In partnership with Ka-Bar, the Becker Knife and Tool Company of Olean, New York, still manufactures this quality neck knife. The knife's sheath is the only part produced outside the U.S. and is manufactured in Taiwan to Ka-Bar specifications. The Necker comes with a Kydex sheath which can be strung to carry handle-up or down. The notch at the rear of the handle is both a wire/fence breaker, and a bottle opener.



To buy or get more information on the Ka-Bar Becker Necker Neck Knife, click the link below.

KA-BAR Becker Necker Neck Knife with 3-1/4" 1095 Cro-Van Carbon Steel Blade



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Monday, February 7, 2011

Zero Tolerance Model 0350 Knife Review

This is the Zero Tolerance Model 0350 knife. It's a Black colored devil in disguise, poised for the attack, ready and willing to work with you.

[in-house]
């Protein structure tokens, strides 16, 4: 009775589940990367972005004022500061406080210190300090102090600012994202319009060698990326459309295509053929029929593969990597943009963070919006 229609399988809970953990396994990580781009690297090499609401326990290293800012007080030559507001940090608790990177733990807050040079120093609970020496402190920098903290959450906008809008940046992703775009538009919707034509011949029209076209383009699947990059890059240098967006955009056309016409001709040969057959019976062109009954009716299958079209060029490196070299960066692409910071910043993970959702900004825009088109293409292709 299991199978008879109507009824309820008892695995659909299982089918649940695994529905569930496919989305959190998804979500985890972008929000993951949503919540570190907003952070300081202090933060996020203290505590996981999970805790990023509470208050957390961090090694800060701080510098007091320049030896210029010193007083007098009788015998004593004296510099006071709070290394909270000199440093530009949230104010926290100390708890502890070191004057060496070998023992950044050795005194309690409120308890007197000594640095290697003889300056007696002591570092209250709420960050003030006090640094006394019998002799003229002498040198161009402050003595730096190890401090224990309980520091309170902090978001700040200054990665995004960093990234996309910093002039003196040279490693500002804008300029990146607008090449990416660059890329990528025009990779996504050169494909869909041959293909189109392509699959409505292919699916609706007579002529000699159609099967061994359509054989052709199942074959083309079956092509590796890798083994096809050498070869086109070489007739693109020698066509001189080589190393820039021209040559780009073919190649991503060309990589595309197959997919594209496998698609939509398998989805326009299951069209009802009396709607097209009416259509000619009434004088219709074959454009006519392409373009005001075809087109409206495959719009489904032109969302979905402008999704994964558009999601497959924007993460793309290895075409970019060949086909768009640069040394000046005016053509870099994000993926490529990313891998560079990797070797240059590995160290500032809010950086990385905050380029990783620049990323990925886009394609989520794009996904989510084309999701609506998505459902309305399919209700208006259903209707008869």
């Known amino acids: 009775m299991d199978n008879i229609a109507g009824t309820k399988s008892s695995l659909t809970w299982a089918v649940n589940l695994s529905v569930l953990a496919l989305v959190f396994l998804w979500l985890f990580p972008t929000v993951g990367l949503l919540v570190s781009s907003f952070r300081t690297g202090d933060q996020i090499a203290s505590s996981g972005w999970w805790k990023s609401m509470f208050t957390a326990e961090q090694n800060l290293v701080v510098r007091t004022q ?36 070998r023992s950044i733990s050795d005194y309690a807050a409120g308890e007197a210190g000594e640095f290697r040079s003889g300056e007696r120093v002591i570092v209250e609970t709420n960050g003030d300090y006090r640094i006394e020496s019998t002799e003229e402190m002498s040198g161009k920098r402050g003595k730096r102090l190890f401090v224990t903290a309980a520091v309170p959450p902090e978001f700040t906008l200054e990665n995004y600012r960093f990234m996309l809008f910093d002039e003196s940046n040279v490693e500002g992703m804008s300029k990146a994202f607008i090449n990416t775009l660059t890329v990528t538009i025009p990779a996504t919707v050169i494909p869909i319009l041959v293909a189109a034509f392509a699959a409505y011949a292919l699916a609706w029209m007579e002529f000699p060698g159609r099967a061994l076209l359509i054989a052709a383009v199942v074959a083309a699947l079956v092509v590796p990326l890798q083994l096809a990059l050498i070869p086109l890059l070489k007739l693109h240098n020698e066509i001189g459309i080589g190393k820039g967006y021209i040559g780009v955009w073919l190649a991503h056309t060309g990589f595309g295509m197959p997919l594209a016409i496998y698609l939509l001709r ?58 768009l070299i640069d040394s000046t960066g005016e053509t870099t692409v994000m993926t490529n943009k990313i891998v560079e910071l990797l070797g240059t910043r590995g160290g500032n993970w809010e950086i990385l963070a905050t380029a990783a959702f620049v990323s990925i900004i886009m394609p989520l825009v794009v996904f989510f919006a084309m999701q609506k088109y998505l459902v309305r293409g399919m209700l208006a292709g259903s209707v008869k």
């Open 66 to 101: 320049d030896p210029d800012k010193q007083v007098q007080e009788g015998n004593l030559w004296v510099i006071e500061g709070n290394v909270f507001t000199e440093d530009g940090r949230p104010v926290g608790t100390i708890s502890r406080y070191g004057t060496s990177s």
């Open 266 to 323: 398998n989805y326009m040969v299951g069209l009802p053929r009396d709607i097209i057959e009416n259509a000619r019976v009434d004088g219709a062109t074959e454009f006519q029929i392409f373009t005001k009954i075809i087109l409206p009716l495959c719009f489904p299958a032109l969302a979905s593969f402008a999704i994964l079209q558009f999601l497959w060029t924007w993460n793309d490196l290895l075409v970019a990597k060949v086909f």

This model is 10% smaller than the ZT 0300 which is a chunkier more commanding knife. It is just as powerful though, just as menacing, just as powerful, yet it is more agile and works just as well in smaller hands, so it becomes more usable, and can be held for longer periods of time without any unnecessary fatigue coming into play.

Zero Tolerance Model 0350 Assisted 3-14 S30V Plain Blade, Black G10 Handles

It features the Speedsafe deployment mechanism – and utilizes a thumb stud, as well as an extended tang to allow you to open the knife with one hand.

The blade has been made from S30V DLC coated stainless steel and measures 3.5 inches. From this there is 3.25 inches of cutting edge available.


The handle measures approximately 4.5 inches and benefits from a machined G-10 Black scaling to ensure a nice contoured grip is maintained that helps to keep hands cool.


To buy or get more information on the Zero Tolerance Model 0350 knife with a Plain Blade, click the link below.

Zero Tolerance Model 0350 Assisted 3-1/4" S30V Plain Blade, Black G10 Handles